Study Shows Cardiologists' Conflicts of Interest Do Not Impact Trial Results
A study published Feb. 6 in the Journal of the American College of Cardiology showed that authors' self-declared financial conflicts of interest (FCOI) and source of funding were not found to impact outcomes in major cardiovascular clinical trials.
Out of the 550 cardiovascular disease articles reviewed on randomized controlled trials and clinical trials published from January 2000 through April 2008 in The New England Journal of Medicine, The Journal of the American Medical Association, and The Lancet, 51.1 percent, or 281 articles, satisfied FCOI criteria, and included either: stock ownership, employee, speaker's bureau, or consultant.
Results showed of the 538 articles providing sponsorship information, 34.6 percent reported funding solely by nonprofit organizations, 48.3 percent reported funding solely by industry, and 17.1 percent reported funding by a combination. Prevalence of FCOI significantly increased with level of industry funding: 21.5 percent (none), 50.0 percent (shared), 75.0 percent (industry solely, n = 281, p < 0.0001). However, no differences in reporting of favorable results were detected when articles were analyzed by self-declared FCOI (60.5 percent vs. 59.5 percent in those with and without, odds ratio: 1.04, p = 0.81).
The authors conclude that their findings "suggest no significant influence of reported FCOI on the likelihood of a trial having favorable results." They add that strategies for self-reporting of FCOI are in flux and "an effective but ongoing surveillance and standardization of procedures at the individual and institutional level as suggested by the Institute of Medicine, is required to address this phenomenon."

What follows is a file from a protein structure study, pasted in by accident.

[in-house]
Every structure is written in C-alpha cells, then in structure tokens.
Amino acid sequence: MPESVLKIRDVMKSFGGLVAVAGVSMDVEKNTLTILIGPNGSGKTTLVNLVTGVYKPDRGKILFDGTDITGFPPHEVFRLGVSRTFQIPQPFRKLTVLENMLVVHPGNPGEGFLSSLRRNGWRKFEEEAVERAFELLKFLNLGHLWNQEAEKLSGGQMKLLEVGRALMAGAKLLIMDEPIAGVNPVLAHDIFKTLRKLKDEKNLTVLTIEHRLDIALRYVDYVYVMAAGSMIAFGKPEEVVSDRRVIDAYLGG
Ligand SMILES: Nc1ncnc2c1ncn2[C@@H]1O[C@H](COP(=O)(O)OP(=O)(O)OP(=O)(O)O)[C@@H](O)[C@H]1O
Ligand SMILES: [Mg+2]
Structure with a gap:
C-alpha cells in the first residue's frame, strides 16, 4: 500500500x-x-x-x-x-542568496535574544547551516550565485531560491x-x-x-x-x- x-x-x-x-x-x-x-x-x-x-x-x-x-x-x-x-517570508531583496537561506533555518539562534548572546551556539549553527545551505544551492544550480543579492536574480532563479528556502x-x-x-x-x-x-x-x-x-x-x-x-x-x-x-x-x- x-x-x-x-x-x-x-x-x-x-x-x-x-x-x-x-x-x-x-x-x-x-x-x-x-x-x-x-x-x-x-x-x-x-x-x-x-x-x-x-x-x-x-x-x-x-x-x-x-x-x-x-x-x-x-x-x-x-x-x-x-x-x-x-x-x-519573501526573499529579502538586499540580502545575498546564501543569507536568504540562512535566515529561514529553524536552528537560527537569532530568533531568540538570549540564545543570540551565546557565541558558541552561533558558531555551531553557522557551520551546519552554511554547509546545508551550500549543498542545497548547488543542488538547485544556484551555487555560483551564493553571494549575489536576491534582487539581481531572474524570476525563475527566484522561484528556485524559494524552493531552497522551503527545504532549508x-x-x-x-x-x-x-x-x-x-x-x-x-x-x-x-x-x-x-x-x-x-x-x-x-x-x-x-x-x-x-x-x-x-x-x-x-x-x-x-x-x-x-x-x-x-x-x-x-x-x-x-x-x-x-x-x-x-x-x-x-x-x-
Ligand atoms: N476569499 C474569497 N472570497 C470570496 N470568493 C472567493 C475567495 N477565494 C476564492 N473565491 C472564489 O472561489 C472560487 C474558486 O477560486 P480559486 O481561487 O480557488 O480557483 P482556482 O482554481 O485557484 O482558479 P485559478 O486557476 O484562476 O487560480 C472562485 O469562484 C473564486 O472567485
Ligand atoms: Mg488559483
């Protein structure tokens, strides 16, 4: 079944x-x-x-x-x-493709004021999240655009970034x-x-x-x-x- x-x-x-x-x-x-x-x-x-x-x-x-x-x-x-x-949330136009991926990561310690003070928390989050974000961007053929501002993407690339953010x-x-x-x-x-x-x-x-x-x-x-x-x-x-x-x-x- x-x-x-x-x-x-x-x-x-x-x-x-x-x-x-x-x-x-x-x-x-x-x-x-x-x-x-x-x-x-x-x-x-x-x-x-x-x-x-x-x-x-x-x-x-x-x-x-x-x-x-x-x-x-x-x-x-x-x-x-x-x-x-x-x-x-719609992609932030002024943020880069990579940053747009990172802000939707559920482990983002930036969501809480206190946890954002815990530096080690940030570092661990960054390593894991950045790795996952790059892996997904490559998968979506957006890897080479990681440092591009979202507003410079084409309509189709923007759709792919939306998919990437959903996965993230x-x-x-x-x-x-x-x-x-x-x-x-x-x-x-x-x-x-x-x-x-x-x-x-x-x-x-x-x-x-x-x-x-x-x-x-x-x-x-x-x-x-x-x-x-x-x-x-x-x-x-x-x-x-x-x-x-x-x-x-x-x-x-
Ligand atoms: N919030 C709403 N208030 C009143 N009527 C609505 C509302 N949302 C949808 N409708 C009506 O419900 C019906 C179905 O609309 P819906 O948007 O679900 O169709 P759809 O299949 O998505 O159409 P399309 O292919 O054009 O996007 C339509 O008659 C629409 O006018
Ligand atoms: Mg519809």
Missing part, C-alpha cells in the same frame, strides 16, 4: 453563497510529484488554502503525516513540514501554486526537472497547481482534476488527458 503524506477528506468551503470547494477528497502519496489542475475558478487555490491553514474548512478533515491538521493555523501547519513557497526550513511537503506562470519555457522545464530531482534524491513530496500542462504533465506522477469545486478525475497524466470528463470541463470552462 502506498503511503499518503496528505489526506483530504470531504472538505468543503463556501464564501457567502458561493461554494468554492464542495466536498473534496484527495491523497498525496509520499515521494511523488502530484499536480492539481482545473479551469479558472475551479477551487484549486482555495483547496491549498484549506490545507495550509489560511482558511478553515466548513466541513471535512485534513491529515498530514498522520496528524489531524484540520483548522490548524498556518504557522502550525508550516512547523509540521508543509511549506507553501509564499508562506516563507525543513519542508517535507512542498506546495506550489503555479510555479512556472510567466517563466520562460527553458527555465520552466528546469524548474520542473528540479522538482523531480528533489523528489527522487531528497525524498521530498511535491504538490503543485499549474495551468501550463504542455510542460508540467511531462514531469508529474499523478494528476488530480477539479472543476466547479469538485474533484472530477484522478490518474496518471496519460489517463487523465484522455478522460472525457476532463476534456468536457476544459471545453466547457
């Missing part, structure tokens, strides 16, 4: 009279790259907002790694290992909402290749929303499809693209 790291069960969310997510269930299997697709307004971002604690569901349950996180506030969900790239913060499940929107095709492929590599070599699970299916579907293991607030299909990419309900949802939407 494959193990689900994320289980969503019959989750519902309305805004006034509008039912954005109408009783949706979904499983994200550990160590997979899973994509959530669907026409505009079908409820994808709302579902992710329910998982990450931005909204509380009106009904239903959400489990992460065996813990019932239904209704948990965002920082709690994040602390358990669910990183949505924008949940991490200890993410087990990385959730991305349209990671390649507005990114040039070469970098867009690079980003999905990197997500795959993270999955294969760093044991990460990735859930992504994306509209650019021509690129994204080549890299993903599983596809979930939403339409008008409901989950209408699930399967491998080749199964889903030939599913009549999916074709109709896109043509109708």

In a related editorial comment, Robert M. Califf, MD, MACC, Department of Medicine, Duke University Medical Center, Durham, North Carolina, notes "these are provocative findings, but their generalizability is limited by the methods used in the study." Califf explains that the journals used aren’t representative of the general medical literature, and that previous studies have shown that self-reported FCOI is inaccurate. Additionally, he explains that nonfinancial conflict of interest should be a factor that is explored. "A systematic approach to interrogating this issue, coupled with increasingly comprehensive sources for data analysis, has the potential to reduce the amount of conflicting information about conflicts of interest," he adds.
Commenting on the study, Harlan M. Krumholz, MD, SM, FACC, Harold H. Hines, Jr., profess or medicine and epidemiology and public health, Yale University School of Medicine, notes, "the problem is that this type of study cannot detect influence. We do not know what the results would have been had these studies been conducted by people who were without FCOI. In addition, we tend to lump FCOI together, but there are quite a range of relationships and arrangements. What we want are transparent processes in place so that all the decisions that go into a trial are publicly visible – and in that atmosphere the FCOI do not matter – when the science is clear at all levels of detail, then it can be debated without concern that unseen bias is at work."
Keywords: Universities, Institute of Medicine (U.S.), New England, Prevalence, Public Health, Medicine, Cardiovascular Diseases, United States, North Carolina
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